We all want to keep as many pitchers healthy as we can. And certainly, we want to see the best pitchers handled with care. There are two things to keep in the front of your mind. First is that all pitchers are not created equal. And second is that not all pitches are created equal. And what’s crazy is that we had a better understanding of this 40 years ago than we do today.

An idea has built up that before we started tracking pitches that club’s used little discretion on how they employed their starters. If he was pitching well, he was left in the game as long as possible. But the reality is a little different.

Let’s look at the pitch counts for the 1976 Mets. That year’s team was chosen because not only did it have the big three of Tom SeaverJerry KoosmanJon Matlack – it also had fairly stable, well-known guys filling the final two spots in the veteran Mickey Lolich and the youngster Craig Swan. Here are the ages and starts that season for that quintet:

Seaver – age 31, 34 starts
Koosman – age 33, 32 starts
Matlack – age 26, 35 starts
Lolich – age 35, 30 starts
Swan – age 25, 22 starts

It’s not perfect, but it’s a decent ballpark age group for the 2019 Mets, whose rotation guys check in with the following ages:

Jacob deGrom – age 31
Noah Syndergaard – age 26
Zack Wheeler – age 29
Steven Matz – age 28
Jason Vargas – age 36

Pitch counts for 20 games were checked, starting with Seaver’s start on June 9. Worked out pretty nicely as the Mets were trying to get over the .500 mark in this period, too.

The big thing is that we don’t have pitch counts for all games in this era. Instead, Tom Tango’s basic pitch count formula was used. In this estimator, three things are taken into account: batters faced, walks and strikeouts. And the formula to come up with the estimate is as follows:

Total batters * 3.3 + BB * 2.2 + Ks * 1.5

How good is the estimator? Well, we know that Syndergaard threw 105 pitches Saturday night. He faced 27 batters, had 2 BB and 5 Ks.
27 * 3.3 = 89.1
2 * 2.2 = 4.4
5 * 1.5 = 7.5
Total estimate = 101

Saturday night was a bit unusual, as Syndergaard left in the middle of an AB. If he had thrown one more pitch and that PA ended, he would have thrown 106 and the estimate would have been 104. Or if he had thrown two more pitches and walked the batter, he would have thrown 107 and the estimate would be 107. But still, four pitches off from an extremely simple formula is great. Plugging the numbers in, we get the following estimates:

Seaver – 112
Matlack – 142
Kossman – 91
Swan – 139
Lolich – 94
Seaver – 109
Matlack – 119
Koosman – 88
Swan – 118
Seaver – 116
Lolich – 75
Matlack – 73
Koosman- 86
Swan – 111
Seaver – 141
Matlack – 128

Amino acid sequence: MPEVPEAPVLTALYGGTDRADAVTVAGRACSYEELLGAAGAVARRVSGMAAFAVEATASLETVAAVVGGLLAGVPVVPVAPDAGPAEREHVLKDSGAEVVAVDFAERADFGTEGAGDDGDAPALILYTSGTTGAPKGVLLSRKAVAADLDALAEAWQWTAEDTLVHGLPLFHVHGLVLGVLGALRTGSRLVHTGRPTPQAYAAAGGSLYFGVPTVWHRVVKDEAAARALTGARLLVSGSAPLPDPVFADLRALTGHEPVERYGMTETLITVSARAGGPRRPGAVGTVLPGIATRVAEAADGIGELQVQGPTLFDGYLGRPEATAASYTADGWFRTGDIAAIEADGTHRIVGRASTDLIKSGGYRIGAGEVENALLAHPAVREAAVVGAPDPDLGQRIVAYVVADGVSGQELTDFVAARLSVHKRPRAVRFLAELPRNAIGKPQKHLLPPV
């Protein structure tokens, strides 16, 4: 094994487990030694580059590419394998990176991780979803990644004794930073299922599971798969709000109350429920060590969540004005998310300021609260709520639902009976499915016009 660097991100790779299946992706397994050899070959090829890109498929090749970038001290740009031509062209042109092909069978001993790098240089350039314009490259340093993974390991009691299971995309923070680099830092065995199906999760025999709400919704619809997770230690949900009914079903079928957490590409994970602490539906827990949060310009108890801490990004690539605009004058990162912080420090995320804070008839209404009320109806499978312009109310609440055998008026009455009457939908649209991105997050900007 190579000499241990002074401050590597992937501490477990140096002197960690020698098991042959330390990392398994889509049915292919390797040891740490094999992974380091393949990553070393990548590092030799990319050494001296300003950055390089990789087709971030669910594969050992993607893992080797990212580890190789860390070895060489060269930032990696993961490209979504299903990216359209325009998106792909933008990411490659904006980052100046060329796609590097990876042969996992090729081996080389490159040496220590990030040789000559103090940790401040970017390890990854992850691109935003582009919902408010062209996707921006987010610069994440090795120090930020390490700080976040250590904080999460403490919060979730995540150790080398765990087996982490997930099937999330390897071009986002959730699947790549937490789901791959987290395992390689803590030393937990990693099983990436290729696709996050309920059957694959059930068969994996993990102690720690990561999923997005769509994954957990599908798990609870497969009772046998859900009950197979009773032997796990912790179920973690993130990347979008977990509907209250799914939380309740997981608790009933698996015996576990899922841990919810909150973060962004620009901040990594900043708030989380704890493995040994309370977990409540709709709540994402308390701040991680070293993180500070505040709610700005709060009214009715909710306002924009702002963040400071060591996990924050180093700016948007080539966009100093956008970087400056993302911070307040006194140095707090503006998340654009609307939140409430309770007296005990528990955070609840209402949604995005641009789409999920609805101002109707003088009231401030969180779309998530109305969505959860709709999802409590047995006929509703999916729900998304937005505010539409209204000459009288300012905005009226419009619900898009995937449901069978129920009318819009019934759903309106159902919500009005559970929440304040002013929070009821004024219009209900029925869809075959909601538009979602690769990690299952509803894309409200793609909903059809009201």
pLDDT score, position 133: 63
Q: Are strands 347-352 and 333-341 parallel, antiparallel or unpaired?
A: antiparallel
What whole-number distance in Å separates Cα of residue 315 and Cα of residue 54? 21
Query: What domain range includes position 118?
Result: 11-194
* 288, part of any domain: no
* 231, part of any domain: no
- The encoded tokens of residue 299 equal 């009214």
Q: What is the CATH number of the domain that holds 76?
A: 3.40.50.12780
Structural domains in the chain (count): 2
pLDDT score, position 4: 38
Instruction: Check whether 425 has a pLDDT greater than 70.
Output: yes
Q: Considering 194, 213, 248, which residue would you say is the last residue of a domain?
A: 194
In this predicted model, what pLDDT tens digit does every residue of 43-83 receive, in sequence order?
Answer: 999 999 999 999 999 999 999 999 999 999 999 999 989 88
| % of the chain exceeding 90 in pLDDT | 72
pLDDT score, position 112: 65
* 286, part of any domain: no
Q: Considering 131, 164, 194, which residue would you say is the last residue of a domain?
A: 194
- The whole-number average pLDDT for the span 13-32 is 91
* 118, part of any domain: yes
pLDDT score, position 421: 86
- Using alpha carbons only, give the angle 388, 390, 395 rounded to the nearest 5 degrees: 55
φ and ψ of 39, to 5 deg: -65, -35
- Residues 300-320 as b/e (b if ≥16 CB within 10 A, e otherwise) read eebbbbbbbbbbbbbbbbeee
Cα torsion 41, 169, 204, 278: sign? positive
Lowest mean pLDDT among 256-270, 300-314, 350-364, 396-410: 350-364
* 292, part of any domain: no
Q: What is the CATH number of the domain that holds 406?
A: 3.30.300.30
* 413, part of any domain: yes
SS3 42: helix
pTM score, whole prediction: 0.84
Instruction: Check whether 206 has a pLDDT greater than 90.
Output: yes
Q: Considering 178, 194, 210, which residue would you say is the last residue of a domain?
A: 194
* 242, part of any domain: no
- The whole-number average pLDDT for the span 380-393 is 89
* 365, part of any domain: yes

Koosman – 108
Swan – 96
Seaver – 90
Lolich – 127

The information was presented this way so you could see that the Mets weren’t slaves to pitching guys every five days. Perhaps that’s another thing that the 2019 Mets could go Back to the Future with in regards to how they handle their starters. Regardless, let’s show these numbers broken down by pitcher:

Seaver – 112, 109, 116, 141, 90
Matlack – 142, 119, 73, 128
Koosman – 91, 88, 86, 108
Swan – 139, 118, 111, 96
Lolich – 94, 75, 127

Not every outing was 140 pitches. And eight outings, when no one was concerned one bit about pitch counts, were under 100 pitches. When Lolich and Swan were going good, they were left in to fly past what would be acceptable today. And four of five starts for Seaver could easily fit in to what they did today. But they didn’t hesitate to let him go to 141 pitches in the other.

Let’s show these pitch estimates one more way. Let’s strip away the pitcher and show the raw estimates, from high to low:

142, 141, 139, 128, 127, 119, 118, 116, 112, 111, 109, 108, 96, 94, 91, 90, 88, 86, 75, 73

This is a 20-game sample of the 162-game season. We get a Mean of 108.15 and a Standard Deviation of 21.06. Now let’s compare that to what the Mets have done the last several games. After Syndergaard was removed in an outing where he had just passed the 100-pitch boogeyman, there has been an apparent shift in allowing starters to go longer in the past 10 games. Now we can use the actual pitch count rather than an estimate. Here they are in that time frame:

117, 107, 112, 120, 98, 94, 93, 116, 113, 105

In this 10-game sample, we get a Mean of 107.5 and a Standard Deviation of 9.77. It’s interesting that the means are fairly close but the SD from our 1976 sample is over twice as large as it is in the sample from today. Does that mean anything? Maybe, although we shouldn’t be quick to make any definitive judgments.

In our 1976 sample, four of the five starters had been in the majors at least four years previously. The outlier was Swan, who had been in the majors parts of three previous seasons and had been in 16 games (15 starts). But Swan was relatively older at age 25.